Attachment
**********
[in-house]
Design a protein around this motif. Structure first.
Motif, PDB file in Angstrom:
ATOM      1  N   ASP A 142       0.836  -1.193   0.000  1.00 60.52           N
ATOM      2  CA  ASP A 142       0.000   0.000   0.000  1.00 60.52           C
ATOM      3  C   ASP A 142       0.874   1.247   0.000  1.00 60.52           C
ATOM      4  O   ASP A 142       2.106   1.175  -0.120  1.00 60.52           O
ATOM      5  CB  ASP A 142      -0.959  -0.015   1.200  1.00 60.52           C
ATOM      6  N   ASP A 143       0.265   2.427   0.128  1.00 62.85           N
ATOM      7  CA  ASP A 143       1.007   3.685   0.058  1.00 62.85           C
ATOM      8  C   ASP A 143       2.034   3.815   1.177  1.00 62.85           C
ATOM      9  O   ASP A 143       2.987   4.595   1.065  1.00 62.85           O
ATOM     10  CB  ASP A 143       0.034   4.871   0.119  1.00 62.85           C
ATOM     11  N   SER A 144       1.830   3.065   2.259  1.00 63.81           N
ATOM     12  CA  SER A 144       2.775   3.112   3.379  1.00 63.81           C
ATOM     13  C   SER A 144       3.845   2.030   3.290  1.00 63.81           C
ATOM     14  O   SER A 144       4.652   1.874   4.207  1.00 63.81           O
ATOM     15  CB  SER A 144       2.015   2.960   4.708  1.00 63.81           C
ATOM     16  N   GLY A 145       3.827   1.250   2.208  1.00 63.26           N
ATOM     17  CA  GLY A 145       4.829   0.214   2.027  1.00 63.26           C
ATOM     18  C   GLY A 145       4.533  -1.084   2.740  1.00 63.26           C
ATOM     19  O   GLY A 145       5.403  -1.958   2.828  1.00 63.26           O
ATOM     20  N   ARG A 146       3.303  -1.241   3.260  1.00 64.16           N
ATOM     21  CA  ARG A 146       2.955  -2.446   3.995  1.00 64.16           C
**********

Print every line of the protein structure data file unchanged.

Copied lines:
[in-house]
Design a protein around this motif. Structure first.
Motif, PDB file in Angstrom:
ATOM      1  N   ASP A 142       0.836  -1.193   0.000  1.00 60.52           N
ATOM      2  CA  ASP A 142       0.000   0.000   0.000  1.00 60.52           C
ATOM      3  C   ASP A 142       0.874   1.247   0.000  1.00 60.52           C
ATOM      4  O   ASP A 142       2.106   1.175  -0.120  1.00 60.52           O
ATOM      5  CB  ASP A 142      -0.959  -0.015   1.200  1.00 60.52           C
ATOM      6  N   ASP A 143       0.265   2.427   0.128  1.00 62.85           N
ATOM      7  CA  ASP A 143       1.007   3.685   0.058  1.00 62.85           C
ATOM      8  C   ASP A 143       2.034   3.815   1.177  1.00 62.85           C
ATOM      9  O   ASP A 143       2.987   4.595   1.065  1.00 62.85           O
ATOM     10  CB  ASP A 143       0.034   4.871   0.119  1.00 62.85           C
ATOM     11  N   SER A 144       1.830   3.065   2.259  1.00 63.81           N
ATOM     12  CA  SER A 144       2.775   3.112   3.379  1.00 63.81           C
ATOM     13  C   SER A 144       3.845   2.030   3.290  1.00 63.81           C
ATOM     14  O   SER A 144       4.652   1.874   4.207  1.00 63.81           O
ATOM     15  CB  SER A 144       2.015   2.960   4.708  1.00 63.81           C
ATOM     16  N   GLY A 145       3.827   1.250   2.208  1.00 63.26           N
ATOM     17  CA  GLY A 145       4.829   0.214   2.027  1.00 63.26           C
ATOM     18  C   GLY A 145       4.533  -1.084   2.740  1.00 63.26           C
ATOM     19  O   GLY A 145       5.403  -1.958   2.828  1.00 63.26           O
ATOM     20  N   ARG A 146       3.303  -1.241   3.260  1.00 64.16           N
ATOM     21  CA  ARG A 146       2.955  -2.446   3.995  1.00 64.16           C